Mai Nguyen has been growing heirloom wheat varieties in California’s Sonoma County for eight years. But this spring was the first time in their career when they didn’t plant a crop at all.
“I was planning for another major drought year, but we had rain, and I’m trying to not kick myself,” they say.
The farmer and social justice activist—who distributes their grains and fresh-milled flours through a CSA-style subscription under the name Farmer Mai—s adapted specialized varieties Akmolinka and Chiddam Blanc to Sonoma County’s early Marhas such hot, dry climate, watering in of natural rainfall. They planted a crop last fall, so they’ll have something to offer subscribers later this year. But as drought and climate volatility intensify—more extreme heat, wildfires year-round, lack of rain and tapped-out groundwater—farmworkers and small-scale farmers like Nguyen are vulnerable.
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Agriculture makes up 40 percent of California’s water use by humans, and the 2021 announcement that the federal government would not be making water allocations to California’s agricultural producers made the situation even more dire for its small-scale farmers. Large landowners with centuries-old water rights or property adjacent to waterways have nearly unfettered access, and it’s easier for them to spend tens of thousands of dollars to build new wells when theirs go dry. But small farm operators, including those like Nguyen who lease land, tend to have shallower wells that dry up more quickly. This makes them subject to price hikes for “hardship water,” which can cost up to five times the usual price. For the most vulnerable, that means not only trucking in water for irrigation but also for basic household needs such as cooking, bathing and flushing toilets.
“I think people are used to having jobs that are separate from their life. But on a farm, the water that is for the crops is also for you,” Nguyen says. “If your house is on that agricultural land, limited water to the crops also means limited water to your family.”
A lack of water is just the latest challenge—along with lack of childcare, supply chain problems, rising costs and labor shortages—pushing independent, small-scale farm operators like Nguyen past their breaking point. California’s Department of Food and Agriculture offers a patchwork of funding programs to agricultural producers and farmworkers, but few offer the direct, no-strings-attached payments people need to pay for basic living expenses. “You’d be hard-pressed to think of examples in the US when there’s been consistent support for farmers or people who directly work with the land,” Nguyen says.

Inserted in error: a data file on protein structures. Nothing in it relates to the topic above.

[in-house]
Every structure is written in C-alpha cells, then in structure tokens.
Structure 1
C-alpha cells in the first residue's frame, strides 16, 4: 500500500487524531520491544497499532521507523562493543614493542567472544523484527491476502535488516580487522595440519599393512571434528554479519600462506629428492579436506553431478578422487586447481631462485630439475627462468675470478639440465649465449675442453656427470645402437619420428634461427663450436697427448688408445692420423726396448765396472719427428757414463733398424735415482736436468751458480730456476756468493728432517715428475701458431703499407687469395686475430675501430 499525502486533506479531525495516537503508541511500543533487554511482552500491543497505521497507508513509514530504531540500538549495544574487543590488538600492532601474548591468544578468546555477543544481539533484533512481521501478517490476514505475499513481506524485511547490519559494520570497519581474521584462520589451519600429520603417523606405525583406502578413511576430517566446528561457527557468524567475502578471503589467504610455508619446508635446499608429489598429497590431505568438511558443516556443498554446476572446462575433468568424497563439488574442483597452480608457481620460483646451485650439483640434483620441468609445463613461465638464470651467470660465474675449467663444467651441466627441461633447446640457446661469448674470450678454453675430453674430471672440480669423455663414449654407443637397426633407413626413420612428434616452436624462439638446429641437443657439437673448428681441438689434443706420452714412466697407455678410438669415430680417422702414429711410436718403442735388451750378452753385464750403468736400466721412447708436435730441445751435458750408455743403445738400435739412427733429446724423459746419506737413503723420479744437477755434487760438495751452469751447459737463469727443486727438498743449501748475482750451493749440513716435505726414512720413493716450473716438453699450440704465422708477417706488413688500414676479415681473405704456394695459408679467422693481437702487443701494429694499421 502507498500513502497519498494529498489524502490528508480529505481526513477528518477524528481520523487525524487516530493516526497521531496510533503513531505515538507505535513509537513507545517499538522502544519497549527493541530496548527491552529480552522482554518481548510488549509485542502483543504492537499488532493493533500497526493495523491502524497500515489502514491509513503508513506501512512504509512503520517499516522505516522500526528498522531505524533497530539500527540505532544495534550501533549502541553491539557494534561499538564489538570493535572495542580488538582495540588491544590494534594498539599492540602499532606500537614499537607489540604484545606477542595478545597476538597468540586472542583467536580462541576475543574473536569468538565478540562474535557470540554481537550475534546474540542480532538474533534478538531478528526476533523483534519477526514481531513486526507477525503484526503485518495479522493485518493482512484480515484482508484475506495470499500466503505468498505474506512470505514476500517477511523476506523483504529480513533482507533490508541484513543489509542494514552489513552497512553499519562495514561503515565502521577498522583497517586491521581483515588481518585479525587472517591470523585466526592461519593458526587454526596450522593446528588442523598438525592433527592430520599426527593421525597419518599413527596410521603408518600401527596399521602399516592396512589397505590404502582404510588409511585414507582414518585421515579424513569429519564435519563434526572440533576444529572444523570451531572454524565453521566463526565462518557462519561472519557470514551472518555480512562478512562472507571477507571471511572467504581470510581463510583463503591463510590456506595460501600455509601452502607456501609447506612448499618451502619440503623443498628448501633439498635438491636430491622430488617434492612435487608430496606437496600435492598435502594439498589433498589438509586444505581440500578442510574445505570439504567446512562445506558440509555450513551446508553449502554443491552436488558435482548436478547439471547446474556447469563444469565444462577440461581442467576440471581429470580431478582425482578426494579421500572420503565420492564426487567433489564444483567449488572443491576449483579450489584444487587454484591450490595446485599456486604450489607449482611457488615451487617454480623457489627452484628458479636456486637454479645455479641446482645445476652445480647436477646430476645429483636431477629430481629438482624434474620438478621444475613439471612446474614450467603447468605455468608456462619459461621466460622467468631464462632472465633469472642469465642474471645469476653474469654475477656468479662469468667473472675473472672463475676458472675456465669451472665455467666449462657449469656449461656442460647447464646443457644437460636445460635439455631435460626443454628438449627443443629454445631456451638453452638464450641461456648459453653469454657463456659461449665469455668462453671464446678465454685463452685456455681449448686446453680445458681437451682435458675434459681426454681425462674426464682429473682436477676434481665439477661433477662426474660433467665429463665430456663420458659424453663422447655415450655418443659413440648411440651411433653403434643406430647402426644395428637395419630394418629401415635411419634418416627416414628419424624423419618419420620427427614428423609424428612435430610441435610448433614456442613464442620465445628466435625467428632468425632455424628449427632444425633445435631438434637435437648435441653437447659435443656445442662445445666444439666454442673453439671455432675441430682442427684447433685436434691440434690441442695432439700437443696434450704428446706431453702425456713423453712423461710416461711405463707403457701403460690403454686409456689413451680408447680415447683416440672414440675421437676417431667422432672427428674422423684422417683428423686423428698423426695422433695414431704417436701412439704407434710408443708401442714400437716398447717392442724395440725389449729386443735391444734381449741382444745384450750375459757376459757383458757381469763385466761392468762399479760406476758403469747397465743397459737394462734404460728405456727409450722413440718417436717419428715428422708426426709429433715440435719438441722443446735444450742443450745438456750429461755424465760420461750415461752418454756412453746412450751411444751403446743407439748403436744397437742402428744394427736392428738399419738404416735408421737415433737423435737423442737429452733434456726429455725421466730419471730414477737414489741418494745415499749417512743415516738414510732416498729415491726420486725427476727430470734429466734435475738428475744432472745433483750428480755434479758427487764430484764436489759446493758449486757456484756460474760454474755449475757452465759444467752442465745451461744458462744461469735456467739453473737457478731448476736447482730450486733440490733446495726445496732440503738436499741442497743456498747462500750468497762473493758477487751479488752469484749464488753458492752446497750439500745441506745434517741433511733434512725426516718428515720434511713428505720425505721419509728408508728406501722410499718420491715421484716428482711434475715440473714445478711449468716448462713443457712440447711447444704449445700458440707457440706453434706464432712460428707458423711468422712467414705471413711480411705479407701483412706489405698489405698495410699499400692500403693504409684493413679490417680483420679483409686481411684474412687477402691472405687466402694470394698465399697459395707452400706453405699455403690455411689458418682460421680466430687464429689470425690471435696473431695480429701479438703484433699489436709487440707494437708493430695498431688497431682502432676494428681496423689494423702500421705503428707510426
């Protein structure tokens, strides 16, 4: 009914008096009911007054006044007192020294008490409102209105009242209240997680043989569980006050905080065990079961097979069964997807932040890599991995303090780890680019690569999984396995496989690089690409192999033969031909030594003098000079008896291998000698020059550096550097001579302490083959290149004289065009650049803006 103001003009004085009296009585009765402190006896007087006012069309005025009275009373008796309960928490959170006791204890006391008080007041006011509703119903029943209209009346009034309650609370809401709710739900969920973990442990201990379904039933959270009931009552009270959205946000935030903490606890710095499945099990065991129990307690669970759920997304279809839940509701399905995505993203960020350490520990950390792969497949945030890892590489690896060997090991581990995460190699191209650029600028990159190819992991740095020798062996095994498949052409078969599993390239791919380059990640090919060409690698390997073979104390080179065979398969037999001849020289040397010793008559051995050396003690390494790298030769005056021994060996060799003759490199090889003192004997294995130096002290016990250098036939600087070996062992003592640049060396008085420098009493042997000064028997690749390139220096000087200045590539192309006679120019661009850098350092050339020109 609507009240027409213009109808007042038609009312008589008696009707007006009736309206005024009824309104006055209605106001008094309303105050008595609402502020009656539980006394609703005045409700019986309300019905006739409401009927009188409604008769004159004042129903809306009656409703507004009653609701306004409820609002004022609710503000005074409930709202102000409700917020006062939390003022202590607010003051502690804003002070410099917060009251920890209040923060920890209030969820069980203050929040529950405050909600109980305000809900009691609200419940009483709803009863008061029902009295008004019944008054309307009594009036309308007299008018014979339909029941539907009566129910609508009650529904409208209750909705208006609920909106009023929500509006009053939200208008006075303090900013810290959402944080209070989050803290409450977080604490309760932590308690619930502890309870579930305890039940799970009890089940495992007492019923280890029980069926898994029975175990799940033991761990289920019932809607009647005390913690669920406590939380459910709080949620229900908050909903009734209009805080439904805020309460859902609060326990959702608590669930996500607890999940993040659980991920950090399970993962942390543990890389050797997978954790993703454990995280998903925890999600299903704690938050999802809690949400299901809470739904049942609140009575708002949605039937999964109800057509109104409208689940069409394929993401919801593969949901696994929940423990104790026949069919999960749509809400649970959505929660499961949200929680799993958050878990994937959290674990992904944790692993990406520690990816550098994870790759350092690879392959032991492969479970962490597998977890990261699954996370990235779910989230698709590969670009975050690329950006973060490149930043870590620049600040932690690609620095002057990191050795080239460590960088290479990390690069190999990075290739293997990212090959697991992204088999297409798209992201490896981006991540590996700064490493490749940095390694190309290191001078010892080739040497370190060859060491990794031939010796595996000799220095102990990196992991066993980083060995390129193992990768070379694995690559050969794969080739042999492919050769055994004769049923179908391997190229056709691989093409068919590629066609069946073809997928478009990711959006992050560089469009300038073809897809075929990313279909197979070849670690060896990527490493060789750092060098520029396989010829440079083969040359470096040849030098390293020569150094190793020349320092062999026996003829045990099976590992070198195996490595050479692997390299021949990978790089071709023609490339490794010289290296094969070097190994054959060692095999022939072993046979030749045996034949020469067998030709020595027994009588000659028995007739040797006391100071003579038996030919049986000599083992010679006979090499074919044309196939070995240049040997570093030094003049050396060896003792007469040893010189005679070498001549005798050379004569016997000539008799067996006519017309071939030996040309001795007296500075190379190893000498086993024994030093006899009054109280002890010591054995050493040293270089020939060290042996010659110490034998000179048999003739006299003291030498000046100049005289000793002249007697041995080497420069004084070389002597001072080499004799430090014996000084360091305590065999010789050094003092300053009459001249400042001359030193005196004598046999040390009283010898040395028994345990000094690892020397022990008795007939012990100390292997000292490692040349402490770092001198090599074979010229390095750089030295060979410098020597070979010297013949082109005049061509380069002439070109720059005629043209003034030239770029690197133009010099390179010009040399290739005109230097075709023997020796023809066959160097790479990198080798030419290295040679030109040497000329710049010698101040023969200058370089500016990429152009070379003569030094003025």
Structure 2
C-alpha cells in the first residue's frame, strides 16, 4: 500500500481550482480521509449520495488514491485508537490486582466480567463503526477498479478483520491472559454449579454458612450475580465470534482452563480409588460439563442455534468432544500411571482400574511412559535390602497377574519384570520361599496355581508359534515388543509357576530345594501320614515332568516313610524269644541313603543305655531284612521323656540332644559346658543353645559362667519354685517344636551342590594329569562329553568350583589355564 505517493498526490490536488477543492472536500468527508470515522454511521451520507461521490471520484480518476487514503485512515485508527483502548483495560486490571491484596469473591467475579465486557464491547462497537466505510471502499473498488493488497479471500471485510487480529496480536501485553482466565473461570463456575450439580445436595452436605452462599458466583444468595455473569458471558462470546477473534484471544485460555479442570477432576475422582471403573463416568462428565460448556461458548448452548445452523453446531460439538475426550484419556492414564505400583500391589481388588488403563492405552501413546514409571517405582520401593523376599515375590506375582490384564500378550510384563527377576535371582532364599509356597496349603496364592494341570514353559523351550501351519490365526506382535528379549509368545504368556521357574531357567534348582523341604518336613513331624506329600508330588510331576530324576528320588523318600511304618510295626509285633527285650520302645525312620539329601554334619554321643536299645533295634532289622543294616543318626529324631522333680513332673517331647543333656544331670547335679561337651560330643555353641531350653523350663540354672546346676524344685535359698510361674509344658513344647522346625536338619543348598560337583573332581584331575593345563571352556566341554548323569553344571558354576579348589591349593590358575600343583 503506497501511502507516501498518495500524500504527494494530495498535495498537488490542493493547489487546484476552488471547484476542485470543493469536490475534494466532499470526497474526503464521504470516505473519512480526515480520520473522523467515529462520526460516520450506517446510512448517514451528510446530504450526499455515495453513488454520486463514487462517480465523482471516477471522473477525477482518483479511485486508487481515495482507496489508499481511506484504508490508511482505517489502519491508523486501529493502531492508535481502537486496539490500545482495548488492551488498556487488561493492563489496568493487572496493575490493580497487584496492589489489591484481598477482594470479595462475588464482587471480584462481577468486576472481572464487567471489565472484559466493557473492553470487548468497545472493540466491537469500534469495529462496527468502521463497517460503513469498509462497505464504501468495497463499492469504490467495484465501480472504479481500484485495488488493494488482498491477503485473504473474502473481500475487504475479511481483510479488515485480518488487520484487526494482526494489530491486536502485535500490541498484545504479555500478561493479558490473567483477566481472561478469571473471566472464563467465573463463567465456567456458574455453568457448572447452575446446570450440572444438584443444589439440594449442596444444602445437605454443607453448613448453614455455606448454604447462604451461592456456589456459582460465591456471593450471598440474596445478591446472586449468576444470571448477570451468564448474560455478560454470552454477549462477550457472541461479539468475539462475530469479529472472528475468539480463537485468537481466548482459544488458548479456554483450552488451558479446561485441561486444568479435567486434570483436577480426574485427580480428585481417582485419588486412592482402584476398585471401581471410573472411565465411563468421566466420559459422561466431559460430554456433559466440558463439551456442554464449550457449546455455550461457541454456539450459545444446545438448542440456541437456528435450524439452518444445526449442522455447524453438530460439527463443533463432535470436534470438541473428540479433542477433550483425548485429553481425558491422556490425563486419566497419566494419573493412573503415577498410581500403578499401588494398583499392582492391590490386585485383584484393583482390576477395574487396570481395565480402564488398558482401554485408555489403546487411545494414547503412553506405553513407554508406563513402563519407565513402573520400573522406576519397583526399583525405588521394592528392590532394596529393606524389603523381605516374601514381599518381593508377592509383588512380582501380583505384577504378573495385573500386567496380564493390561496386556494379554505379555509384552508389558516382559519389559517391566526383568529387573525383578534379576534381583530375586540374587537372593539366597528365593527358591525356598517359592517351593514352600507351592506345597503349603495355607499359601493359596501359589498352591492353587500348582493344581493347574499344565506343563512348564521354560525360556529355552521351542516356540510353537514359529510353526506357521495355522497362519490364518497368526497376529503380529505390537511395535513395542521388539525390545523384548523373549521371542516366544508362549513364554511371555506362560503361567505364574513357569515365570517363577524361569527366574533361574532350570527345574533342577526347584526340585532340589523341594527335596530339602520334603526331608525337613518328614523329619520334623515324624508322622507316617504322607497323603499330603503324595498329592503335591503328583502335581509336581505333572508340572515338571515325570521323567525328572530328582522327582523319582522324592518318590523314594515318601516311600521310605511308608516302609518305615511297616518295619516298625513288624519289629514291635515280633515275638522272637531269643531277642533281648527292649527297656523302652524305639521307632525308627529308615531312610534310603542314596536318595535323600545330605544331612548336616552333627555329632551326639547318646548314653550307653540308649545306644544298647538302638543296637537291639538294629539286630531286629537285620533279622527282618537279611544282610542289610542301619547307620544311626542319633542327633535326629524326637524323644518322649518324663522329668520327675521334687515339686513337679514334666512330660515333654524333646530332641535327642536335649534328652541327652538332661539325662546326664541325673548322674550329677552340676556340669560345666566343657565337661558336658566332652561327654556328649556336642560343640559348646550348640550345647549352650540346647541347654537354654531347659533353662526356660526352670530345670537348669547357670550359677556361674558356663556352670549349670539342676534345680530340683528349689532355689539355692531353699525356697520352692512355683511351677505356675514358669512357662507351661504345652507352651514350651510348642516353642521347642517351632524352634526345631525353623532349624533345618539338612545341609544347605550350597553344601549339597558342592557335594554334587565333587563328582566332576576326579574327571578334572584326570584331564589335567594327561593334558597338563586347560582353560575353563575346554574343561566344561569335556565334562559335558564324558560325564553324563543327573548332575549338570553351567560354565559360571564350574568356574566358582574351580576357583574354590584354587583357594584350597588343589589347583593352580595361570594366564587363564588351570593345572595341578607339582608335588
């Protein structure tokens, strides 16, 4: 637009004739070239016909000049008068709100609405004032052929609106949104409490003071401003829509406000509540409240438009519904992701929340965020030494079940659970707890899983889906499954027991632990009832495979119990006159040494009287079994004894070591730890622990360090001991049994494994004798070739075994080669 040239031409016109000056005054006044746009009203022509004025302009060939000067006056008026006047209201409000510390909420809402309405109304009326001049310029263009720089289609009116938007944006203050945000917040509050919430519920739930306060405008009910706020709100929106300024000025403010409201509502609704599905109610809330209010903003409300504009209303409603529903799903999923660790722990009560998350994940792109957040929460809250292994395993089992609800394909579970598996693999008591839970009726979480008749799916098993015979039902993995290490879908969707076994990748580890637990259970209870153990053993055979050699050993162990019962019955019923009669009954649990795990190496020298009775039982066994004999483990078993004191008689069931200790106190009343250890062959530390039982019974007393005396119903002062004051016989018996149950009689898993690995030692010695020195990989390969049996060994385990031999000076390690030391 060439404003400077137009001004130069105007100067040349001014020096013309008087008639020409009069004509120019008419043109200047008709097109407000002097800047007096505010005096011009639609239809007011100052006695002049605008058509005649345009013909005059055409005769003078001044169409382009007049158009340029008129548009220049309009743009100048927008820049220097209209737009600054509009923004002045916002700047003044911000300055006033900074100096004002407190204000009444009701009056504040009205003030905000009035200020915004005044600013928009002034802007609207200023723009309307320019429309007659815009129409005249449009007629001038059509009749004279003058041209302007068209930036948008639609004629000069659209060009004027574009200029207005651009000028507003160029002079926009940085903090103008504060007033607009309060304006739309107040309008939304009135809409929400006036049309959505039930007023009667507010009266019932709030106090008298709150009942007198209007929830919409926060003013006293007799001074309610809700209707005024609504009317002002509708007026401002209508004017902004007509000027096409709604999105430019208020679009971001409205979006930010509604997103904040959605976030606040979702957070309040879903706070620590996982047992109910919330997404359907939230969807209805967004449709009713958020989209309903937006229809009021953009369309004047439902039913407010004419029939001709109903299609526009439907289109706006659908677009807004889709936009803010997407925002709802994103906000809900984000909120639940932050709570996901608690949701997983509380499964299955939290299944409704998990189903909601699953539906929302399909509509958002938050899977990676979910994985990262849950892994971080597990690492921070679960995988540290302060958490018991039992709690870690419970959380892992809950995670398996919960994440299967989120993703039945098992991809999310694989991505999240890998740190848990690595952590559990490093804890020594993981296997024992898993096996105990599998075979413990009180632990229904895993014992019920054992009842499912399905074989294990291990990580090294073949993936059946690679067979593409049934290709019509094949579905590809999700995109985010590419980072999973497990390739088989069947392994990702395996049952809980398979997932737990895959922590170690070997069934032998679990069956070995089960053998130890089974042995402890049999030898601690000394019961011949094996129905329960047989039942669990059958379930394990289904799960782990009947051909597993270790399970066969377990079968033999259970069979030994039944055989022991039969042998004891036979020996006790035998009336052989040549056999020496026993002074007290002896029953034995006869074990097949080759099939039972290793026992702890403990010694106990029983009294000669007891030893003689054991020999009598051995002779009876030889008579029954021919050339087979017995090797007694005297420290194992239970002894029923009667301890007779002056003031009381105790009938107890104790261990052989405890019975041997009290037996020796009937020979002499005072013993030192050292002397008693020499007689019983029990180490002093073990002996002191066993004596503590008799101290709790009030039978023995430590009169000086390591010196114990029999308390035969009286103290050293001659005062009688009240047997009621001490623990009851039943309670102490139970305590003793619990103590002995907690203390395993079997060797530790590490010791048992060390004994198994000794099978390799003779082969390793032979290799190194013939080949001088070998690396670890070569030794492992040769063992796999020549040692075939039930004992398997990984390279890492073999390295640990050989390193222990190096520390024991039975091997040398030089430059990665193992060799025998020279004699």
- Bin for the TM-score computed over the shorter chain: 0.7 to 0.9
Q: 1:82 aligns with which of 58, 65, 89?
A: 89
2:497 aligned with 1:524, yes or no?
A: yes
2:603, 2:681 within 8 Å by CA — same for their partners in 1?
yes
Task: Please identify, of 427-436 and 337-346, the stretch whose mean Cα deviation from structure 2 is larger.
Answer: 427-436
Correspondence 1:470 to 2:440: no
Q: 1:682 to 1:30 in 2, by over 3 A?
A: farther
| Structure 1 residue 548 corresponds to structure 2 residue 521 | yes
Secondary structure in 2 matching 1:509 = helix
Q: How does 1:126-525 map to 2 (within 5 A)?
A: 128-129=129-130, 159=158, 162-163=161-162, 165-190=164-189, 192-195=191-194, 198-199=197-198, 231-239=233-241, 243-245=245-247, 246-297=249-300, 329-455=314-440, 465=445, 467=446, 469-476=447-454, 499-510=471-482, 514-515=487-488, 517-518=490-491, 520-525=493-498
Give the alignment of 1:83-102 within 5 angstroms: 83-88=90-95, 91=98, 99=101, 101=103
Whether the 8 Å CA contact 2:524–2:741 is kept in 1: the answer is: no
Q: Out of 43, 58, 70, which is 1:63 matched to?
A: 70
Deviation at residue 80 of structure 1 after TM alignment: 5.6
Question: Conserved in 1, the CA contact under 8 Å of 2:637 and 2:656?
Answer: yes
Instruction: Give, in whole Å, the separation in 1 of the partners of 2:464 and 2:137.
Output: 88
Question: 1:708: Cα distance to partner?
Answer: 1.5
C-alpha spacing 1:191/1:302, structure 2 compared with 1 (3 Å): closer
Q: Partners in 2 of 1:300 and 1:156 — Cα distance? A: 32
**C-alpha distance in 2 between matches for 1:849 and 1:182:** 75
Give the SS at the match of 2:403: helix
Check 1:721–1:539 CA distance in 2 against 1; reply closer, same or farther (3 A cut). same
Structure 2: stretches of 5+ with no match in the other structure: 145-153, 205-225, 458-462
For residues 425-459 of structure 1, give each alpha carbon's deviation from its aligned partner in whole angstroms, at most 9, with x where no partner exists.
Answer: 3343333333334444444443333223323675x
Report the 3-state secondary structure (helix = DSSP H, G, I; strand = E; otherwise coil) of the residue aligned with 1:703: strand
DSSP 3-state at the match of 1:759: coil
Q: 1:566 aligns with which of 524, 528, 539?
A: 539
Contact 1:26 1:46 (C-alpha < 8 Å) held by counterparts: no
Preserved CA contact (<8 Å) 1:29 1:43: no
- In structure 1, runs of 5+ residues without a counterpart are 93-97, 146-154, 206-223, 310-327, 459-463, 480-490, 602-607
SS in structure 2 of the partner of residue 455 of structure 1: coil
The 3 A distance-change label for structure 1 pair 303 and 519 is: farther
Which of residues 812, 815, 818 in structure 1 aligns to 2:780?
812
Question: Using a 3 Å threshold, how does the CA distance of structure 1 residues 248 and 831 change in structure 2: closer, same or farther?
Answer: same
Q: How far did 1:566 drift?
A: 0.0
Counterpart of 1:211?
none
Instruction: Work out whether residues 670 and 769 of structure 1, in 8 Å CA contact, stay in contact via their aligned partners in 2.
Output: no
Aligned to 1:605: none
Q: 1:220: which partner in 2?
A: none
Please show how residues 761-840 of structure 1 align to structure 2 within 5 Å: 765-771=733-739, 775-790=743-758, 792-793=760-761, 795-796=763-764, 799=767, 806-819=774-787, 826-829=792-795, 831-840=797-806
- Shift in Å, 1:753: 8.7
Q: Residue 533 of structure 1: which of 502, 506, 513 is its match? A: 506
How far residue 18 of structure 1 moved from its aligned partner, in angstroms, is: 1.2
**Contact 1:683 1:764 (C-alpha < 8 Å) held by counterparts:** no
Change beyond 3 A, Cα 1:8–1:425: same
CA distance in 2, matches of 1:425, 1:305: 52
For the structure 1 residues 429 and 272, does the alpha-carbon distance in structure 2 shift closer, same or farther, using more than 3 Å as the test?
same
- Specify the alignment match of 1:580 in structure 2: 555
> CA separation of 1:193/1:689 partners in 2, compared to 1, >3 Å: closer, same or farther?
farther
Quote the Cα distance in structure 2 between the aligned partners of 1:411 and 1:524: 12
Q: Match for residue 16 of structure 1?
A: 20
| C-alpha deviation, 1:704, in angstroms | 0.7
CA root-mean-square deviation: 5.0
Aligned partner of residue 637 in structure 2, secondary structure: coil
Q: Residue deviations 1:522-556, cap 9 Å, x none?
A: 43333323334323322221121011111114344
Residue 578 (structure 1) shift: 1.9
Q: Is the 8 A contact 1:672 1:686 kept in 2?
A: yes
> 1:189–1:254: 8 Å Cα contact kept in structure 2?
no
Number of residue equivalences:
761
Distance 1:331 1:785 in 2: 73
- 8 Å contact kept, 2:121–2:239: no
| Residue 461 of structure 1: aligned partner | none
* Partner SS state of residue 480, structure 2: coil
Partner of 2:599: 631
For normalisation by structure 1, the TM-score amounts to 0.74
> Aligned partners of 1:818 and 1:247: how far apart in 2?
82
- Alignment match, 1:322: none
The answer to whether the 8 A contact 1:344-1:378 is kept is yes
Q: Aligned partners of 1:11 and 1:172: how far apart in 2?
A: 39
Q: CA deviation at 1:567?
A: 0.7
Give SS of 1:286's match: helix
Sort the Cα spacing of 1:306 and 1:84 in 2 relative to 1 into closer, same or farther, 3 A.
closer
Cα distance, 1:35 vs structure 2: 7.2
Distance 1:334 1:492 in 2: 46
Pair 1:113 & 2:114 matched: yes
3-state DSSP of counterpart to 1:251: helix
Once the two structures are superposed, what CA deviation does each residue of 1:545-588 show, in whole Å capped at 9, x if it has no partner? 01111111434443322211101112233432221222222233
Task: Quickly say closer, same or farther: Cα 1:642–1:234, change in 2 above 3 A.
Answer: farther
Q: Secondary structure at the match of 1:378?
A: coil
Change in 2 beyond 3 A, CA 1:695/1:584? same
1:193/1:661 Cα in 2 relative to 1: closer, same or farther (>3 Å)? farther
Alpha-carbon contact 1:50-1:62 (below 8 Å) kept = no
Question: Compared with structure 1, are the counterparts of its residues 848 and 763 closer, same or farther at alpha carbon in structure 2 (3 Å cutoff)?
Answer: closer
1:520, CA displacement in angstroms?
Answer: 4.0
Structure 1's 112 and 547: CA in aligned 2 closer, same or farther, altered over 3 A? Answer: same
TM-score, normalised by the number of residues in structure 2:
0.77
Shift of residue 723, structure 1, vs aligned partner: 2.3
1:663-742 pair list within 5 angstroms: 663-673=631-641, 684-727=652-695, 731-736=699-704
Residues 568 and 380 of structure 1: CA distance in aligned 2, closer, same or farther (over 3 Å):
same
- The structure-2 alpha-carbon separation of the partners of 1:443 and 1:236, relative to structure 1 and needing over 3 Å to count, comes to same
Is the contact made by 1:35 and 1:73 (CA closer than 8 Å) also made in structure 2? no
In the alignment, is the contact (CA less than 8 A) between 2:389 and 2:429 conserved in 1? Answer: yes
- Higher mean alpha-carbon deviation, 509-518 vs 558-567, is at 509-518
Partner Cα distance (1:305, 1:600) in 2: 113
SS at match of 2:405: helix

That’s why Nguyen is working with other independent farm operators in California to launch a campaign, Essentials for Essential Workers, that would provide a guaranteed basic income to small-scale agricultural producers and farmworkers based on need.
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In a policy paper published May 17, a team of graduate students at UC Berkeley’s Goldman School of Public Policy examined the estimated costs and impacts of implementing a direct payment program for the most vulnerable independent farmers and farmworkers. In “Providing Essential Support for Essential Farmworkers in California,” authors Peter Amerkhanian, Uwahorasenga Marie de Dieu, Enedina Garcia and Daniel Tan found that, regardless of feasibility, there’s a dire need for support of California’s small-scale independent farmers and agricultural workers. “There is a need for some form of consistent support from the State of California in order to bring earnings closer to a livable wage, sustain small-scale farmers’ businesses through periods of volatility, and allow them to pursue ecologically effective farming that can conserve water and maintain soil health,” the report states.
A study From the University of California showed that the 2012-2016 drought resulted in a loss of more than $600 million to the state’s economy, but California farm and farmworker families don’t have much more to lose. According to figures from the Bureau of Census Data quoted in the UC Berkeley report, a quarter of the state’s farm families have an income below the median federal poverty level ($32,220 for a family of four), while one-third have an income of less than 150 percent of the federal poverty level ($48,330 for a family of four). For families with at least one adult working in other farming occupations, 12 percent earn incomes below the poverty level, with 32 percent earning less than 150 percent of the federal poverty level.
The UC Berkeley paper recommends direct payments to farmer and farmworker families that would raise incomes to a minimum of $32,000—a small but significant step toward economic justice for independent farmers and farmworkers in a state with one of the highest costs of living. Payments would be based on income level rather than farm size to direct funds to those with the most need and include those who lease rather than owning the land they farm. California approved the country’s first guaranteed basic income program last year, so the state’s Department of Social Services has the infrastructure in place to implement such a program.
Nguyen sees the initiative as an opportunity to right a long-standing wrong at a time when California just experienced its second-driest year on record—and is weighing how to allocate a $97.5-billion budget surplus. The state also has the largest agricultural economy in the USemploying more than 400,000 workers and growing one-third of the country’s vegetables and two-thirds of its fruit and nuts, including 36 percent of US organic farm production.
“If you ate something today, it was probably from California,” Nguyen says. “We should be able to invest in the people who are ensuring that so many people across the country are able to eat.”